Meat (especially red meat), certain cheeses, fried eggs, butter, cream cheese, margarine, mayonnaise, oils, and nuts are high in AGEs. High levels are also found in fried foods and highly processed foods.
Even if your diet appears to be relatively healthy, don’t think you’re out of the woods just yet. The number of harmful AGEs you consume is heavily influenced by how your food is prepared.
High levels of AGEs may be harmful to your health.
Your body has natural mechanisms for eliminating harmful AGE compounds. However, if you eat too many AGEs, your body will accumulate them faster than it can clear them. This has the potential to influence every part of your body and has been connected to major health issues.
Inflammation may be exacerbated by a higher concentration of AGEs in the blood. Patients with gout, rheumatoid arthritis (RA), and other inflammatory disorders would suffer as a result of this.
High levels are, in fact, linked to the majority of chronic disorders. Heart disease, diabetes, liver illness, Alzheimer’s disease, arthritis, gout, kidney failure, and high blood pressure are just a few examples.
Furthermore, high AGE consumption through diet has been linked to many of these chronic diseases. This is due to the fact that AGEs harm the body’s cells by promoting oxidative stress and inflammation.
Even though gout may be excruciatingly painful and incapacitating, the good news is that it is almost always treatable in nearly all patients. It is critical to identify and treat it as soon as possible to avoid pain and complications. Gout is most commonly associated with the feet, but it may also affect other joints.
Gout is an ancient disease characterized by uric acid deposits, particularly in the joints and kidneys.
Purine-rich foods may cause your body to produce more uric acid. This increases the possibility of crystals forming in your joints, particularly your feet, causing pain. You can reduce your chances of having an unpleasant problem by avoiding purine-rich foods and beverages and consuming alternative healthy options.
Rheumatoid Arthritis (RA)
Rheumatoid arthritis, or RA, is a chronic inflammatory and autoimmune illness. In layman’s terms, this means that your immune system is mistakenly attacking healthy cells in your body. Inflammation (painful swelling) occurs in the affected areas of the body.
RA, like gout, is primarily a joint disease. Unlike gout, however, RA attacks frequently affect numerous joints at the same time. The hands, wrists, and knees are the most common joints affected by RA.
The lining of a joint affected by RA becomes inflammatory, causing joint tissue destruction. Long-term or chronic pain, unsteadiness (loss of balance), and deformity may all result from tissue injury.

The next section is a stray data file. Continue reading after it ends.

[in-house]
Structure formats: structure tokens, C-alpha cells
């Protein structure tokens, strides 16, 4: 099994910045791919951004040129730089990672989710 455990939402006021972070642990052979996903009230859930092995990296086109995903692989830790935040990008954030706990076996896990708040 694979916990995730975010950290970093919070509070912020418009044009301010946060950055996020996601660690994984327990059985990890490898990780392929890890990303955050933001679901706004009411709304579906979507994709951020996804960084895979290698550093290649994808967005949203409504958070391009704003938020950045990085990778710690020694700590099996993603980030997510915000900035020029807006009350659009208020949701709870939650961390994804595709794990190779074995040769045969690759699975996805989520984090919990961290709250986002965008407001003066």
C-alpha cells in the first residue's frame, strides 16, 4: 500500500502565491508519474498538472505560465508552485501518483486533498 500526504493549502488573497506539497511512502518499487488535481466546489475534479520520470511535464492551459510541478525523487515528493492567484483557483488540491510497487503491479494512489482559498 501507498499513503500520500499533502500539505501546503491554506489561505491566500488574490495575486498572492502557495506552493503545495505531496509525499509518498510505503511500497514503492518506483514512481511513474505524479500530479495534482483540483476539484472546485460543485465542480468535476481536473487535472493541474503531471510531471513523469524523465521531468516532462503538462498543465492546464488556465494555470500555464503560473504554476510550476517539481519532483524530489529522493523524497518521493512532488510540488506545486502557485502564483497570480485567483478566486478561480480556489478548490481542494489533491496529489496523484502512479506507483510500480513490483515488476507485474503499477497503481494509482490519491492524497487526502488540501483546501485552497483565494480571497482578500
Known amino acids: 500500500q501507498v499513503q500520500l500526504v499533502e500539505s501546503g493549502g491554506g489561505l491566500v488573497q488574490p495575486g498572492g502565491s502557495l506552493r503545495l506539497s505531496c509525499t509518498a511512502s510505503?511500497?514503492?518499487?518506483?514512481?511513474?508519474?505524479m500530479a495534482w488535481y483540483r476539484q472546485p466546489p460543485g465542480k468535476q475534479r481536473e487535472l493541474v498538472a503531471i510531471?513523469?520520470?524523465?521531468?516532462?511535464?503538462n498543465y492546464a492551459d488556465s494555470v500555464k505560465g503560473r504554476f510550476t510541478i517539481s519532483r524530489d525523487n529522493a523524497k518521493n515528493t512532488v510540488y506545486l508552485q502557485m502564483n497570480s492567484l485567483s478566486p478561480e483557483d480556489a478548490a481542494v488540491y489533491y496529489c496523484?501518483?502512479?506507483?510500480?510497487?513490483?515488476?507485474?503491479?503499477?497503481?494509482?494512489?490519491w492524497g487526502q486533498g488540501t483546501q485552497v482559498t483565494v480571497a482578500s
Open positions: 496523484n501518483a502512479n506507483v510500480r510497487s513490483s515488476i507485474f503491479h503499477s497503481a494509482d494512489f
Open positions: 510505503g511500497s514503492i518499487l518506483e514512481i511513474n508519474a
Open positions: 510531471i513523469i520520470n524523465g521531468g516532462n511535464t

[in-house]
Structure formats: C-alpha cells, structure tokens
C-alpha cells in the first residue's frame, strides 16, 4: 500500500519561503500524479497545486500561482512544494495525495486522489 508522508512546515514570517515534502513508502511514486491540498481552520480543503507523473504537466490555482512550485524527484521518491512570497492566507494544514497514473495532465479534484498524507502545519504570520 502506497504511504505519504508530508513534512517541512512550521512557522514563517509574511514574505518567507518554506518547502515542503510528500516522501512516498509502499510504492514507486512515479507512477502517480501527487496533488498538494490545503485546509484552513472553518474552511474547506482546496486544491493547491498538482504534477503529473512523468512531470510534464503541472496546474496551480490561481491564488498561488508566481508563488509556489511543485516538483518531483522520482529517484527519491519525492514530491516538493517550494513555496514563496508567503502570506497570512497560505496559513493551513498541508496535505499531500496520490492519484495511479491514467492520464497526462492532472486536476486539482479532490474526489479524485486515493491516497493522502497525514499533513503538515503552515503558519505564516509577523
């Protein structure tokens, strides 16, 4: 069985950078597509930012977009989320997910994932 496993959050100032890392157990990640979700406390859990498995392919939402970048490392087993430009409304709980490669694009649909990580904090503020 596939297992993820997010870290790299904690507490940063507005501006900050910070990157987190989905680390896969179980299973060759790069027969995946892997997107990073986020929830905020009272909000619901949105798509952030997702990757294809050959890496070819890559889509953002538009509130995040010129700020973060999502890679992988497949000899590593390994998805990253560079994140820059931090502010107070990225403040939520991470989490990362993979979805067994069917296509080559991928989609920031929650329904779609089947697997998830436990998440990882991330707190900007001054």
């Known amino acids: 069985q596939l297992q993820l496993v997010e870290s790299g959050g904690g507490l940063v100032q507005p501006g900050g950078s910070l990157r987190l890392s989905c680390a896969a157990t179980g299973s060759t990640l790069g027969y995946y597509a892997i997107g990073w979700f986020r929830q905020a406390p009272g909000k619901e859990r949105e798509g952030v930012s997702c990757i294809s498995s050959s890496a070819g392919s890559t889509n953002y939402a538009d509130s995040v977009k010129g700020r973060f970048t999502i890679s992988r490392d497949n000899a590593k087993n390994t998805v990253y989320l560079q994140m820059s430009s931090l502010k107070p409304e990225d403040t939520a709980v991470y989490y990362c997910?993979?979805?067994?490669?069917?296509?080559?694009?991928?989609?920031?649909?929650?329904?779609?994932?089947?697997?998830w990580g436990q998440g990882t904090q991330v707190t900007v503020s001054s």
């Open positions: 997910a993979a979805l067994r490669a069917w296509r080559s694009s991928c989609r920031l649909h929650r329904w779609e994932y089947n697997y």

Controlling gout and RA symptoms with a good diet program
Inflammatory disorders such as arthritis and rheumatoid arthritis (RA) are not for the faint of heart. While drugs may provide some immediate relief, most doctors advise making lifestyle changes to improve physical health. To keep gout and RA symptoms in check, this usually requires starting with a solid diet program.
Inflammatory foods, such as saturated fat and sugar, are typically avoided in diets meant to decrease and prevent the occurrence of symptoms. This would also require avoiding meals high in purines.
Who says gout and RA diets are a bad thing?
As gout sufferers, we must exercise a great deal of self-control, especially when it comes to our diets. Over time, we may learn to loathe our diets and believe that they limit our ability to enjoy food.
Over time, this can be extremely tough to live with. It’s all too easy to find ourselves breaking our diets in favor of “more pleasurable” meals.
Good-for-you food tastes terrible. Isn’t this what your fellow dieters, friends, parents, and fitness bloggers all seem to agree on? This myth has been around for a long time and is difficult to disprove. The truth is that we are often influenced by cultural and biological reasons to favor fried nuggets to a low-calorie vegetarian salad.
However, with a few changes to the way we prepare our foods, we can still enjoy great grilled food. We recommend skipping this if the agony of a recent gout attack is still too fresh in your mind. But if you’ve had your gout symptoms under control for a while, these suggestions are still safe to try.
Make some changes in your diet
More physicians are advocating reduced AGE diets as a result of current research. Limiting dietary AGEs, according to the findings, could enhance health in a variety of ways, not just in terms of reducing inflammation.